Written by PETA
Elephant advocates are celebrating a new policy by the Association of Zoos and Aquariums (AZA). The policy requires that all AZA-accredited facilities prohibit staff and elephants from being in the same space, with some limited exceptions, by September 2014. This means that elephants in zoos will be protected from handlers (and the abusive instruments they wield) and vice versa.
There are two basic styles of managing captive elephants–‘protected contact’ and ‘free contact. With protected contact, there is always a barrier between handlers and elephants, which is not only more humane but also much safer for both species. In "free contact," the handler is always armed with a sharp, metal-tipped bullhook that they use at will to strike elephants, and elephants know what will happen when they see the bullhook coming. Although the new policy does not require full protected contact, as it has exceptions for things like required health and welfare procedures, it is a giant step in the right direction.
PETA has agitated for protected contact for more than a decade, back to the time when Sissy, an elephant at the El Paso Zoo, snapped under the pressure of captivity and attacked her handler. Allowing trainers armed with bullhooks to be in close proximity to captive elephants can go horribly wrong.
Over the past 20 years, captive elephants in the U.S. have killed 15 people and injured more than 135, often the result of rampages by elephants who have had one beating too many. No deaths and only one injury (from disregarded protocol) have occurred at zoos that use protected contact.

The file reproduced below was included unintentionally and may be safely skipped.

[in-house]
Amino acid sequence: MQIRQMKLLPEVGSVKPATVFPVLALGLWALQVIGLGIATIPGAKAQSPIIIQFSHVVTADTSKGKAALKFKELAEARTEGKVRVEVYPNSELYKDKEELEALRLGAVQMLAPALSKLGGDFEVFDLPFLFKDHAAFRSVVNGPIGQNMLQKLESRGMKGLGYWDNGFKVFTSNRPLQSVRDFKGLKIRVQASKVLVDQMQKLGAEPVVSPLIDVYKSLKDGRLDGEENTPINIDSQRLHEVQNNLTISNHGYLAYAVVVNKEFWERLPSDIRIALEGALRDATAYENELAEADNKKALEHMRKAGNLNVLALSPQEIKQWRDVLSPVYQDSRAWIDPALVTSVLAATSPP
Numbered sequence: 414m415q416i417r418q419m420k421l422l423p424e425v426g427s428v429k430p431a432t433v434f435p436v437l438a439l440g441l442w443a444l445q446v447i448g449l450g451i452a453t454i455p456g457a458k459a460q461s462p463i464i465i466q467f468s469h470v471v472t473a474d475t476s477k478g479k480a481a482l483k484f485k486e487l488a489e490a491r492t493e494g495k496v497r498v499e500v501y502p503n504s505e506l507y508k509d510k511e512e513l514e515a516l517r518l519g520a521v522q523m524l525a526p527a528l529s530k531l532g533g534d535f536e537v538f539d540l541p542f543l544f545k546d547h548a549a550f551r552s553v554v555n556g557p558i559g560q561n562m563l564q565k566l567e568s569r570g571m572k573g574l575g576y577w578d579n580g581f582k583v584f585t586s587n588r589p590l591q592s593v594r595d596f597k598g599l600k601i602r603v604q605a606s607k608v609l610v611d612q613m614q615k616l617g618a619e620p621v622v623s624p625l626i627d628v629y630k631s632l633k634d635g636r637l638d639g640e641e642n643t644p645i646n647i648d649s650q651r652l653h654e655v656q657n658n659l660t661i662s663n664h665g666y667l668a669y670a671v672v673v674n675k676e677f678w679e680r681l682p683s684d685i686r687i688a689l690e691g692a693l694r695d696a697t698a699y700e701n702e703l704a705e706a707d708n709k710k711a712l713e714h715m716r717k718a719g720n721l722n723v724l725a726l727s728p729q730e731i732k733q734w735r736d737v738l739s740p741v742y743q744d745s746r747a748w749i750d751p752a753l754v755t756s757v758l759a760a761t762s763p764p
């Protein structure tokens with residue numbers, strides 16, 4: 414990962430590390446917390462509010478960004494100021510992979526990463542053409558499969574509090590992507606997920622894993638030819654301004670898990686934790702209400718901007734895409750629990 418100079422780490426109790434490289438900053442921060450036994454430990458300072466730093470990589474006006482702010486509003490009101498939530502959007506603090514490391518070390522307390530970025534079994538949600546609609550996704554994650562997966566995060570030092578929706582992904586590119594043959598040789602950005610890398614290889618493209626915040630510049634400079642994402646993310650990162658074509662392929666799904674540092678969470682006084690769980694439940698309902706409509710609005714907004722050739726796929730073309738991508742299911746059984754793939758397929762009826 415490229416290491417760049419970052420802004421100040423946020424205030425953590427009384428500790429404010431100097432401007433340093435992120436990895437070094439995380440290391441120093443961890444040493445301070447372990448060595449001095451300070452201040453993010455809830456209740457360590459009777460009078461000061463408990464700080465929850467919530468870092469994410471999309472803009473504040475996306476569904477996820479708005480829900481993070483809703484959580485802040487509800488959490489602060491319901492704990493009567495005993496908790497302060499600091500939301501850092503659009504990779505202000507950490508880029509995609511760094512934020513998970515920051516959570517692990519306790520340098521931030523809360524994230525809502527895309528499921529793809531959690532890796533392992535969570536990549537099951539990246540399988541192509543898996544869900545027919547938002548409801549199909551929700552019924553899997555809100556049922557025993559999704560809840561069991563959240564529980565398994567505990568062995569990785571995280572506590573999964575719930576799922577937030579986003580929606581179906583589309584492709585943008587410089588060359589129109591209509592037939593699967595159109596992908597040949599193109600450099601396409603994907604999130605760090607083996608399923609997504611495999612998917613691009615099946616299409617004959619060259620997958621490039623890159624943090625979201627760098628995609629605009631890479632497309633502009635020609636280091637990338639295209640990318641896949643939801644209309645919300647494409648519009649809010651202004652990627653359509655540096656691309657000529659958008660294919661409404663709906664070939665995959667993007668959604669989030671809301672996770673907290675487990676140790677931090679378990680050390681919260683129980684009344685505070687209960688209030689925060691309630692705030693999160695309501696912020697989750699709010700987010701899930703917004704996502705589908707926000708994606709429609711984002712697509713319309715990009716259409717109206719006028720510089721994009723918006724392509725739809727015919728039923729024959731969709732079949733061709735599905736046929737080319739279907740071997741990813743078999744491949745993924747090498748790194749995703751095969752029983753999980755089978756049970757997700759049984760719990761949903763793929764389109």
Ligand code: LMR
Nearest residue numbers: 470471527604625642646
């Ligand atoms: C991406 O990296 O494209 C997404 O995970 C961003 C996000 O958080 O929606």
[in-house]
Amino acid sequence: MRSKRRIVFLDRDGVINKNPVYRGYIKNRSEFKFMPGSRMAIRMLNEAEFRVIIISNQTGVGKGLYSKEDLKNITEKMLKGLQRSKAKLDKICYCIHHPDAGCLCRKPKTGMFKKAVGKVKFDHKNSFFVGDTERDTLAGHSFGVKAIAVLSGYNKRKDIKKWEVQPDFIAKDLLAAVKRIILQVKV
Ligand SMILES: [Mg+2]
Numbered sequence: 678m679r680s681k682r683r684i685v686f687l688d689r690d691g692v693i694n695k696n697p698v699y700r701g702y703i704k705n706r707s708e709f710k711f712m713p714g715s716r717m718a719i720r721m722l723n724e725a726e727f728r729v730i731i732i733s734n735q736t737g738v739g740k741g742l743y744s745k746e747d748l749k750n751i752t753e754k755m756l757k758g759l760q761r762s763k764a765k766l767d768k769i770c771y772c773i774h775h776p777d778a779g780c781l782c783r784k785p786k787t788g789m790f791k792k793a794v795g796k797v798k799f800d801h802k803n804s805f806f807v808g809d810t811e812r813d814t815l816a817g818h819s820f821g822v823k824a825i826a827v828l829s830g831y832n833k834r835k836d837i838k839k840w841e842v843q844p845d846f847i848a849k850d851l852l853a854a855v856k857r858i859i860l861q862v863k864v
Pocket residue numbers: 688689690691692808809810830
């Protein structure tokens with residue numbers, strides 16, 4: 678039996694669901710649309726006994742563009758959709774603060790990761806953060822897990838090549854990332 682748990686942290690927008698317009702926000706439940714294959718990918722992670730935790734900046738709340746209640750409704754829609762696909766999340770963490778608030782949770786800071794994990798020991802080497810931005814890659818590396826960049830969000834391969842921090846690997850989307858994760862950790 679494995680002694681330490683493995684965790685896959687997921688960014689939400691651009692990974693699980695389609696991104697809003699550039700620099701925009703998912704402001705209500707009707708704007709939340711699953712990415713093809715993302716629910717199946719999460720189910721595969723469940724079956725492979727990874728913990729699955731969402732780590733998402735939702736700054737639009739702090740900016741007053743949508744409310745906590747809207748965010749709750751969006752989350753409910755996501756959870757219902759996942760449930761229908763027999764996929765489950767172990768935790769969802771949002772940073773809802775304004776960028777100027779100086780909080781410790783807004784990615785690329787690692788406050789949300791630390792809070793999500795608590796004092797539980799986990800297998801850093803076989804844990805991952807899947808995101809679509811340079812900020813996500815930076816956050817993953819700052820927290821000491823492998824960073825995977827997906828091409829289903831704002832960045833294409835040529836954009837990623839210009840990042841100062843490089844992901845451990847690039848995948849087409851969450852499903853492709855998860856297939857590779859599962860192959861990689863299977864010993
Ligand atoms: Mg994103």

Written by Michelle Sherrow
Bullhooks are heavy batons with a sharp metal hook and point on the end. If someone routinely smacked you with one, wouldn't you eventually fight back? Video footage taken at the Toledo Zoo shows that a young elephant named Louie did just that: He charged his bullhook-wielding keeper, leaving him hospitalized with serious injuries. In the video, Louie is shown backing away when he sees keeper Don RedFox approaching him with a bullhook. Louie then turns around and charges at RedFox after RedFox jabs him with the implement.
The Toledo Zoo still uses the archaic free-contact elephant-handling system. In free contact, elephants are dominated and punished with force, and that puts keepers at constant risk. The zoo's use of the free-contact system has previously been discussed in Toledo. The zoo failed to act on a July 8, 2005, "Lucas County Commissioners Special Citizens Task Force for the Zoo Final Report" that confirmed that keepers have been injured under the current free-contact system. Now we are asking the zoo's board of directors to allow us to bring in a team of elephant experts who can train zoo staff to eliminate the use of bullhooks and transition to a protected-contact system, which more than half the accredited zoos in the country already use.
For the elephants' well-being and for the safety of zoo employees, please join us in asking the Toledo Zoo to eliminate cruel and outdated circus-style handling.
Written by Jennifer O'Connor
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Almost all of us grew up eating meat, wearing leather, and going to circuses and zoos. We never considered the impact of these actions on the animals involved. For whatever reason, you are now asking the question: Why should animals have rights? Read more.